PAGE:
April 13, 2018 • Life for Leaders
There the ships go to and fro,
and Leviathan, which you formed to frolic there.
Many people think of God as dour, somber, and stern. God is up in heaven, peering down on us with a scowl. And that divine scowl gets worse if we’re having fun. Human beings, from the perspective of the severe God, are supposed to work hard, spend lots of time in church, and otherwise be serious about life. But we’re certainly not supposed to enjoy life, celebrate, or, God forbid, play!
Then there’s Psalm 104 and its vision of a God who creates playfulness. This psalm celebrates God the Creator who made all things. Verse 24 sums up the main theme of this psalm: “How many are your works, LORD! In wisdom you made them all; the earth is full of your creatures.”
The following verses focus on God as the one who made all things in the ocean, including sea animals and ships. The last part of verse 26 adds a curious detail, referring to “Leviathan, which you formed to frolic [in the sea].” Leviathan was a mythic creature, perhaps based on a whale or dolphin. According to the NIV translation of the psalm, God made this creature “to frolic.” The Hebrew verb translated as “frolic” is closely related to a word for laughter. It can be translated as “make sport, jest, play, revel, dance.” This verb shows up in one of Zechariah’s visions of the future kingdom of God: “The city streets will be filled with boys and girls playing there” (8:5).
So, according to Psalm 104, God made Leviathan to play, not just to swim and eat and sleep, but to frolic. What a delightful thought!
I’m reminded of a time several years ago. I was visiting a friend who had a house on the cliffs above the Pacific Ocean in Southern California. As I gazed at the sea, all of a sudden, a massive gray whale shot out of the water, blowing spray into the air. Seconds later, another whale surfaced, leaping almost completely into the air. These two gray whales continued to frolic for several minutes, much to my wonderment. They were having such fun, and so was I as I watched them.
Yes, God created the world to be productive. He created us in his image, calling us to be fruitful and multiply, to work so that the world might be filled. Work stands at the center of our purpose for living. But God also created play. He made us with the capacity to jest, to dance, to laugh. The example of Leviathan encourages us to enjoy life, to do things that are not necessarily productive in the ordinary sense, though they are productive of delight, health, and community. Our playfulness reflects the creative intentions of our playful God.
Something to Think About:
What do you think of play?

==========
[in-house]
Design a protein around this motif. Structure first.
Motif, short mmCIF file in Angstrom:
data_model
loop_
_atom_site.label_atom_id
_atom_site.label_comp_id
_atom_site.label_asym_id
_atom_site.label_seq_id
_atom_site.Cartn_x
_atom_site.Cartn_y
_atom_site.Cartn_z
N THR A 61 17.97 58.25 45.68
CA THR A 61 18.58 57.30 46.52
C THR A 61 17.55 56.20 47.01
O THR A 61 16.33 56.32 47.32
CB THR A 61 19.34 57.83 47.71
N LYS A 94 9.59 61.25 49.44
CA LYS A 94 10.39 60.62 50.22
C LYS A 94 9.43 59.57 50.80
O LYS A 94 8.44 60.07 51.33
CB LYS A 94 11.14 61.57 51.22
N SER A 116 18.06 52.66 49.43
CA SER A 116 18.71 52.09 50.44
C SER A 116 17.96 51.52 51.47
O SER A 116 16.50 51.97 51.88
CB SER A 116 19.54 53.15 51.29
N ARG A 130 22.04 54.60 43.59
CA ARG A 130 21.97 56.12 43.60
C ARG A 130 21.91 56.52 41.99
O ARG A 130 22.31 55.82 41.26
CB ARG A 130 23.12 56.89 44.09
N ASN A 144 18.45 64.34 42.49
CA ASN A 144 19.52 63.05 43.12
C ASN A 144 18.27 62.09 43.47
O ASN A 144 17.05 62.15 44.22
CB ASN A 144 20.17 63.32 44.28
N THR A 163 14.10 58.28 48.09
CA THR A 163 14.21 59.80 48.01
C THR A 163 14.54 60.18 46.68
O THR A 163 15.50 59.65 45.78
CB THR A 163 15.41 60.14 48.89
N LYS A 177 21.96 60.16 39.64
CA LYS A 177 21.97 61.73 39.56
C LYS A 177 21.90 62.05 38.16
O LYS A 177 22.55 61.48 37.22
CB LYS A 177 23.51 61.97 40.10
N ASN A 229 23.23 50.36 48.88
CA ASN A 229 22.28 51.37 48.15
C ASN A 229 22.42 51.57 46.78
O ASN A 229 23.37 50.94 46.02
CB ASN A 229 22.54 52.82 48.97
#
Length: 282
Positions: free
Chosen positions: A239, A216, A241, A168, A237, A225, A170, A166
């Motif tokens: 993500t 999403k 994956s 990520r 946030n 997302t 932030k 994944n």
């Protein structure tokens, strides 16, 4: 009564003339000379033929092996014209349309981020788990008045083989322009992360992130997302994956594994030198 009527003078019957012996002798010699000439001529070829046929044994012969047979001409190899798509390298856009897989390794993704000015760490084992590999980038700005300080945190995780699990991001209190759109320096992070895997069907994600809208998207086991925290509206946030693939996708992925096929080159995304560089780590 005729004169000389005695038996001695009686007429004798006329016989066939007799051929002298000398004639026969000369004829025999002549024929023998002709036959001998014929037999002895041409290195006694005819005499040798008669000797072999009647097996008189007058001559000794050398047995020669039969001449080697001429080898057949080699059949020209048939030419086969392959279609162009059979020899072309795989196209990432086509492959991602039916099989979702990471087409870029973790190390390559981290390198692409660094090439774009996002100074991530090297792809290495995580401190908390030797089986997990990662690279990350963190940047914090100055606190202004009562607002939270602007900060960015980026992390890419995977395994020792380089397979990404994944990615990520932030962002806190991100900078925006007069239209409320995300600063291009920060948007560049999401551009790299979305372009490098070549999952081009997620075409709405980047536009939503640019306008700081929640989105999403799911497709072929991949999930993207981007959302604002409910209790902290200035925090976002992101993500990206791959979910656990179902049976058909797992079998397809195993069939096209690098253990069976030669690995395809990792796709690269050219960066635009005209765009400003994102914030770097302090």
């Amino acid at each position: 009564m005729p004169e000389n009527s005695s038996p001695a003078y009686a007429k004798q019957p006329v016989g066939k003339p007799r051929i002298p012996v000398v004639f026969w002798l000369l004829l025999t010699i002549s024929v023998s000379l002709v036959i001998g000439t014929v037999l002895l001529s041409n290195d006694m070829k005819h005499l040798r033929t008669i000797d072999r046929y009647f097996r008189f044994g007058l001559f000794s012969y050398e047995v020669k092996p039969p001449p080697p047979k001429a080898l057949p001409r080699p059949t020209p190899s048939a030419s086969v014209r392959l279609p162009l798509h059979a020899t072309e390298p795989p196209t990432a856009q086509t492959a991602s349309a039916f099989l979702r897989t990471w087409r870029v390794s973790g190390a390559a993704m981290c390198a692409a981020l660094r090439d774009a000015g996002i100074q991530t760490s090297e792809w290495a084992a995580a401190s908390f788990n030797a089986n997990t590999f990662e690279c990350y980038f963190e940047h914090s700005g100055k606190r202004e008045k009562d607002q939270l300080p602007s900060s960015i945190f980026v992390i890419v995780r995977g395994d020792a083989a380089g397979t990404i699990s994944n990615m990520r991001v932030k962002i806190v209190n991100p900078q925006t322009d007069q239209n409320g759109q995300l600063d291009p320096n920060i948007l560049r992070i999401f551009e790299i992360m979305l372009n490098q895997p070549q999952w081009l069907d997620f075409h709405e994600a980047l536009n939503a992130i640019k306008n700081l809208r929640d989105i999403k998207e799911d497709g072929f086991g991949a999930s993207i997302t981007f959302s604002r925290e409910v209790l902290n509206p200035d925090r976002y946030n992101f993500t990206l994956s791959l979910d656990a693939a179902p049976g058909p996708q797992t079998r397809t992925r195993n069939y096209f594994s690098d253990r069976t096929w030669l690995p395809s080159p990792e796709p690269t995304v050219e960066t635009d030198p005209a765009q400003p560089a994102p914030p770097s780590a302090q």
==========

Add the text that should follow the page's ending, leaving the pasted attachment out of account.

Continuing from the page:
Do you consider play as part of God’s design for creation? Why or why not?
What playful activities do you enjoy?
Something to Do:
In the next couple of days, do something fun, something playful. Try to sense God’s delight in your enjoyment. Thank God for the gift of play.
Gracious God, how I thank you for the reminders of Psalm 104. The beauty and intricacy of creation reflect your brilliance and power. How blessed I am to enjoy your good gifts!
Thank you for the example of Leviathan. Thank you for creating Leviathan to frolic in the sea. What a stirring reminder of your intentions for us. Yes, we are to work. Yes, we are to rest. Yes, we are to live our lives in worship to you. But we are also to play, to enjoy the beauty and freedom and delight of life.
Help me, Lord, to play more often. Help me to play in a way that honors you. Amen.
Explore more at the Theology of Work Project online commentary:
Human creativity with God (Psalm 104)
Dr. Mark D. Roberts is a Senior Strategist for Fuller’s Max De Pree Center for Leadership, where he focuses on the spiritual development and thriving of leaders. He is the principal writer of the daily devotional, Life for Leaders, and the founder of the De Pree Center’s Flourishing in the Third Third of Life Initiative. Previously, Mark was the Executive Director of the De Pree Center, the lead pastor of a church in Southern California, and the Senior Director of Laity Lodge in Texas. He has written eight books, dozens of articles, and over 2,500 devotions that help people discover the difference God makes in their daily life and leadership. With a Ph.D. in New Testament from Harvard, Mark teaches at Fuller Seminary, most recently in his D.Min. cohort on “Faith, Work, Economics, and Vocation.” Mark is married to Linda, a marriage and family counselor, spiritual director, and executive coach. Their two grown children are educators on the high school and college level.